During my interview with him about the Battle of Matapan, renowned author and professor Craig L. Symonds suggested that I get in touch with Dr. Richard Porter to get a better sense of what the Duke of Edinburgh accomplished during this fateful day on the sea. Dr. Porter is Curator of The Britannia Museum at the Britannia Royal Naval College in Dartmouth.
Being fascinated with Prince Philip in general and his role during World War II in particular, I was extremely happy to get in touch with Dr. Porter, who kindly replied to me despite a demanding schedule. Even though the Duke of Edinburgh is no longer front and center in the news media, I’m sure all the enthusiasts of military history will appreciate this text.
Without further introduction, here is the full content of his response.
A Midshipman was the lowest form of naval life.
Prince Philip was appointed to the WW1 Battleship HMS Valiant in January 1940. He was one of 20 Midshipmen out of a crew of 1200. As he put it, a Midshipman was the lowest form of naval life. He also makes the point that with a crew of 1200 information was not easily relayed to all crew members, even so even the Midshipmen were aware that the Italian Fleet was thought to be at sea. Prince Philip thought that there was definitely a ‘special atmosphere of anticipation as the Fleet put to sea from Alexandria during the night of 27 March’. The Prince’s Action Station was on the Bridge and at night he had control of the port searchlight. From that position he managed to gather roughly what was going on.
The Prince’s recollection is that HMS Valiant was the only capital ship fitted with RADAR, which was then known as RDF and was therefore stationed immediately astern of HMS Warspite. The Prince thought that there was little chance of catching up with the retreating Italians that had been engaged in earlier skirmishes with other parts of the RN Fleet. Then suddenly in the quiet of the night came a report from the RDF operator that he had an echo on the port bow at about 5,000 yards of what appeared to be a stationary ship. Prince Philip turned on his searchlight onto the bearing given by the RDF operator in the hope of seeing the target.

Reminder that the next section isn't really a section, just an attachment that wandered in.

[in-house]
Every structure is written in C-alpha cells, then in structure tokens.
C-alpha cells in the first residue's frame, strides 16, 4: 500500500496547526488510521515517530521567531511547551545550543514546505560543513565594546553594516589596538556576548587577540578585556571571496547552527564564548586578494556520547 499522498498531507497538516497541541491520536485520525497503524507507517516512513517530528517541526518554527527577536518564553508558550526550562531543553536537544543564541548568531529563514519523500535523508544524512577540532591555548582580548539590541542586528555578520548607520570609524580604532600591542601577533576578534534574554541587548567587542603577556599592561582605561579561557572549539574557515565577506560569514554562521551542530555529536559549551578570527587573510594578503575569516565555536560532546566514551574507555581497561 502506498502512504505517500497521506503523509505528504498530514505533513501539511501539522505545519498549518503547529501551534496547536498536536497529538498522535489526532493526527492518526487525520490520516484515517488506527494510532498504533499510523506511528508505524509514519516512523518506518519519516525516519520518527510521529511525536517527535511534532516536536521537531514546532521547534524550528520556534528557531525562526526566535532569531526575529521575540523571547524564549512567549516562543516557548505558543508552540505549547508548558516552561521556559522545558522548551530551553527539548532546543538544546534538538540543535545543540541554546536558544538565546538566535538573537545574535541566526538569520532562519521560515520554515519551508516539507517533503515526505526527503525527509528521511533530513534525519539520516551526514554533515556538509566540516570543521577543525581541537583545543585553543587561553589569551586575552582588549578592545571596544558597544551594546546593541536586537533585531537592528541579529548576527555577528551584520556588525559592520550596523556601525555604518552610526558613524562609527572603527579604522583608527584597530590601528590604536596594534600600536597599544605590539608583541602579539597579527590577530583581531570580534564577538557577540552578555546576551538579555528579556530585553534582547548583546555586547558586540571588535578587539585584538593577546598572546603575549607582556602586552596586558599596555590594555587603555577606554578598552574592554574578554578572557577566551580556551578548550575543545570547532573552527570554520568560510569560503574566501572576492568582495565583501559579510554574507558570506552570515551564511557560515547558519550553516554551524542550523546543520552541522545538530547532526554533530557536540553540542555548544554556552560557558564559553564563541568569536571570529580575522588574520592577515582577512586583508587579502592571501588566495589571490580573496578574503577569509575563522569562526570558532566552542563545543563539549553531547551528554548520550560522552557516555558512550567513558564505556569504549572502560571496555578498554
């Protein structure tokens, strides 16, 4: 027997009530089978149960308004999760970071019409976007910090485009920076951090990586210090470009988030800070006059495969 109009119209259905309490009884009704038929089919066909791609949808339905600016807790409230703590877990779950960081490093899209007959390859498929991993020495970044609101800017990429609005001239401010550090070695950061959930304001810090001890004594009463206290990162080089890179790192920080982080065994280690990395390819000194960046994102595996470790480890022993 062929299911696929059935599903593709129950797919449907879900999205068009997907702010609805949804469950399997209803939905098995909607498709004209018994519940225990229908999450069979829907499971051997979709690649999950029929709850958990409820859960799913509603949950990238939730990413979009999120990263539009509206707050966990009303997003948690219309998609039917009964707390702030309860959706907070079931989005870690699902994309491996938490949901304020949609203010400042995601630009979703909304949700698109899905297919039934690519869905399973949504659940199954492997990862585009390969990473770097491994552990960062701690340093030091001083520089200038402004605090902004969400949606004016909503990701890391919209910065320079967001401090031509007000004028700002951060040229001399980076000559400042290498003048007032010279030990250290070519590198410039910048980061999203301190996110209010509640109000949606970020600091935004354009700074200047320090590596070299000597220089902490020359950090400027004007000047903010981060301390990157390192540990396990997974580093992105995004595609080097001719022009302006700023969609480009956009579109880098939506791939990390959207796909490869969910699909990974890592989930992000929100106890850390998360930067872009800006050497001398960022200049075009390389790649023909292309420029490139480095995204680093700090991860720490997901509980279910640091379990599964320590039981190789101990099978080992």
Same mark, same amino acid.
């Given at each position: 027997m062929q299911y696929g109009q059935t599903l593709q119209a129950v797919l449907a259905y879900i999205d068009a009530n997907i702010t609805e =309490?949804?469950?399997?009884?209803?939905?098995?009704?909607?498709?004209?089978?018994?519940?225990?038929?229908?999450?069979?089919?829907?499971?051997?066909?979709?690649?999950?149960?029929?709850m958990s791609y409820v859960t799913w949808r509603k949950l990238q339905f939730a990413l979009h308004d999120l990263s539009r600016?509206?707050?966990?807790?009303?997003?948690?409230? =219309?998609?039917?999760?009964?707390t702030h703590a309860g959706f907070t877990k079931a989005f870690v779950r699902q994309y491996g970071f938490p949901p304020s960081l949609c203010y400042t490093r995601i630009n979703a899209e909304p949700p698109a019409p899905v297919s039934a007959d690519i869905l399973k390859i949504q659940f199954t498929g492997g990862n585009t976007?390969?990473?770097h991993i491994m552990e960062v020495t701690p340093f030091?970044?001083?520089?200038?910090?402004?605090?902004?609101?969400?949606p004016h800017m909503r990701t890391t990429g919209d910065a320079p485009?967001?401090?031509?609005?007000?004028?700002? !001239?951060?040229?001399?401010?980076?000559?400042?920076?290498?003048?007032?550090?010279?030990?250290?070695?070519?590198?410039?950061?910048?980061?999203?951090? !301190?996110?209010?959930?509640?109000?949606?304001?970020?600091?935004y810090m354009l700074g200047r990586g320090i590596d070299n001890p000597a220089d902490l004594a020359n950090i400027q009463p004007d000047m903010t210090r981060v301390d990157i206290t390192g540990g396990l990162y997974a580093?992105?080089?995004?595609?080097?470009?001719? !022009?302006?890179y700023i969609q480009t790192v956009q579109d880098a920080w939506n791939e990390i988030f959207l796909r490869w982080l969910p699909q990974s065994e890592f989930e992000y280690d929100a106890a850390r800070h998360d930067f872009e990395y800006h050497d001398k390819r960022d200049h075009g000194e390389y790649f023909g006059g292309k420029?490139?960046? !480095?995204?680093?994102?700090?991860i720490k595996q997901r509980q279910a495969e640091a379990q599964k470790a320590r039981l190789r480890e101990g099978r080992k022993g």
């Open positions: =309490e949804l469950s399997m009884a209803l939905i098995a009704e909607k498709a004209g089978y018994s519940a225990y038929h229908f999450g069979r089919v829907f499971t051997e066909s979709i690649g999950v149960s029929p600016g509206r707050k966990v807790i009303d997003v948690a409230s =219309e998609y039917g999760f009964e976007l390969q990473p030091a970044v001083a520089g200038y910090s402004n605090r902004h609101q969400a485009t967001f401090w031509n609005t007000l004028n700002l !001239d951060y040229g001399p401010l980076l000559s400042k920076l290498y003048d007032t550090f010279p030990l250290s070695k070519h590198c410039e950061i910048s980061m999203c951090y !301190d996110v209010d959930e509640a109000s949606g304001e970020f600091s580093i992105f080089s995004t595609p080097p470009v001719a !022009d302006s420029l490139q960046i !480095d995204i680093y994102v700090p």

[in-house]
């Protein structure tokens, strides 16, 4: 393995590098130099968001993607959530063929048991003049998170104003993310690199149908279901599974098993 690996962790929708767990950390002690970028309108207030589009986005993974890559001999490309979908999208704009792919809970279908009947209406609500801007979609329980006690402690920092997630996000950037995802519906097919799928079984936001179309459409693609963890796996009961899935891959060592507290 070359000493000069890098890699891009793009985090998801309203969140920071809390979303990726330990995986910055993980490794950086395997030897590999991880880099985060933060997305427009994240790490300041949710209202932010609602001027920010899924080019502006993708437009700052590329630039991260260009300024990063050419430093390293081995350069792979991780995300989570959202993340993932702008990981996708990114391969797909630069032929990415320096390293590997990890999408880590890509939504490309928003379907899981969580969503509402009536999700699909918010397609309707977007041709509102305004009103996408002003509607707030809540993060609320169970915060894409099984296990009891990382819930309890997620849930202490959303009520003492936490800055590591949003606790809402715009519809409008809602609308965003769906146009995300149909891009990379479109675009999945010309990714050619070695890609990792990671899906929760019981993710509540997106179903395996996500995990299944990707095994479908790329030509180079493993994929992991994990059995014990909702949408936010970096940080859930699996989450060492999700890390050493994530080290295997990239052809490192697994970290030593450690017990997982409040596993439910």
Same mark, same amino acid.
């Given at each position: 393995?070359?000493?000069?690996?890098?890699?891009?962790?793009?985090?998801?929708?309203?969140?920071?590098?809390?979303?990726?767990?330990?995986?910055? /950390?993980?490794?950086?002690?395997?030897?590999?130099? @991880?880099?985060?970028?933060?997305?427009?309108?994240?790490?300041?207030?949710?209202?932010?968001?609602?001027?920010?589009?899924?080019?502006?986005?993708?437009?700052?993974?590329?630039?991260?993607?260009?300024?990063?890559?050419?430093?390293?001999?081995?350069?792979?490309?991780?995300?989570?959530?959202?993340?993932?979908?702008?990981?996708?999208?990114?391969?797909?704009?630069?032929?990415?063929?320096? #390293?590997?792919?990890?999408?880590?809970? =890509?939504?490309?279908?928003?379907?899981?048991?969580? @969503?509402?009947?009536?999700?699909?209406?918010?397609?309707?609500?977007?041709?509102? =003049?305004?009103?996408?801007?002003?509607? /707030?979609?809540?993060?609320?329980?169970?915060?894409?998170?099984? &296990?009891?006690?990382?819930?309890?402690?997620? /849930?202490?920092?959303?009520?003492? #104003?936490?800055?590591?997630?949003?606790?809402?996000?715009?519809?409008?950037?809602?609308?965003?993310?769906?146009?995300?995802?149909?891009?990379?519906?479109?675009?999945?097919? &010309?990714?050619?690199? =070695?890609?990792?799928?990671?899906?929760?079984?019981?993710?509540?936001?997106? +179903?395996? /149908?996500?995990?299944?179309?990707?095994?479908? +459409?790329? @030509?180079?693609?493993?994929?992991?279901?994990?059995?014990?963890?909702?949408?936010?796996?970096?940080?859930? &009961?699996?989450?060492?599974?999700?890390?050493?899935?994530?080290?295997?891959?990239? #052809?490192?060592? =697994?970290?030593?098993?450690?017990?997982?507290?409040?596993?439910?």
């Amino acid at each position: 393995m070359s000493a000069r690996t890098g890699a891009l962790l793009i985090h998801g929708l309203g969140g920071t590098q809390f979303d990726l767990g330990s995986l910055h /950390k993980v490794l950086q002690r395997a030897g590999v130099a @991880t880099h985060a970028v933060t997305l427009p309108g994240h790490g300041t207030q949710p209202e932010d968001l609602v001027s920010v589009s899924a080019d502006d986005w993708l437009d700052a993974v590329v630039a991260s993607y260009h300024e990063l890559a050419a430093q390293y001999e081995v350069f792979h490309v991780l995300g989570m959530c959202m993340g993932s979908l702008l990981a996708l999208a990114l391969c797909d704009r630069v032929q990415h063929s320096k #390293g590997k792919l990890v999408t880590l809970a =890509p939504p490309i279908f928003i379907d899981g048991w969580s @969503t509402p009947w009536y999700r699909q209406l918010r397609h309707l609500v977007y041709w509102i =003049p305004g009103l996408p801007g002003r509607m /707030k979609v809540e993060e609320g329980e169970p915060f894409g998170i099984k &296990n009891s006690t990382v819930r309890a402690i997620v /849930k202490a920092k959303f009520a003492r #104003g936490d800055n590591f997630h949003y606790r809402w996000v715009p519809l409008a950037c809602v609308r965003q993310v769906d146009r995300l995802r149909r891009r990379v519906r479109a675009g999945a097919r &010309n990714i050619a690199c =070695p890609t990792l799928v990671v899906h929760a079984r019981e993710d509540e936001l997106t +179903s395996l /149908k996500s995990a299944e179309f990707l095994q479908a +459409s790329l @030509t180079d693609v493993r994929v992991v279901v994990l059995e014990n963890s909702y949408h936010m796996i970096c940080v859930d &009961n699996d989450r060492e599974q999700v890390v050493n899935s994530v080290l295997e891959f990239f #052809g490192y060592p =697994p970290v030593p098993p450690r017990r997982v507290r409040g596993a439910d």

At this moment HMS Greyhound turned on her searchlight and picked up what the Prince thought was an Italian destroyer but the light was enough for Prince Philip to make out a ship on the horizon. He reported that he had a target in sight and was ordered to ‘open shutter’. The beam lit up a stationary cruiser which by
that time was so close that the beam only lit up half the ship.
According to the Prince at this point ‘all hell broke loose’ as all of our eight 15” guns plus those of the Flagship Barham started firing at the stationary cruiser which disappeared in an explosion and cloud of smoke. The Prince was then ordered to ‘train left’ as he lit up another Italian cruiser which was given the same treatment. By this time the night was falloff smoke, loud bangs and flashes and the dark shapes of our destroyers appeared and disappeared.
The Prince records ‘that bit of the Mediterranean then became a very dangerous place. There must have been some twenty British and Italian warships dashing about in every direction at high speed. It was at this point that C-in-C ordered all ships not engaged in sinking the enemy to withdraw to the port east.
Bangs and flashes went on for a bit before things calmed down.
The next morning the battle fleet went returned to the scene while attempts were made to pick up survivors. This was interrupted by an attack of German bombers Fortunately, they missed although a Royal Marine sentry on the quarterdeck was killed by a splinter. Two bombs going off together did cause some very slight damage to Valiant.
For staying by his station throughout the battle Prince Philip was ‘mentioned in despatches’.
This account is taken from the Foreword by Prince Philip form the Britannia Naval Histories of WWII Dark Seas: The Battle of Cape Matapan of which I am one of the series editors. We asked Prince Philip for a foreword where we thought he might commend the series to readers, but he gave us his personal recollections of the battle, which was like ‘gold dust’ for us.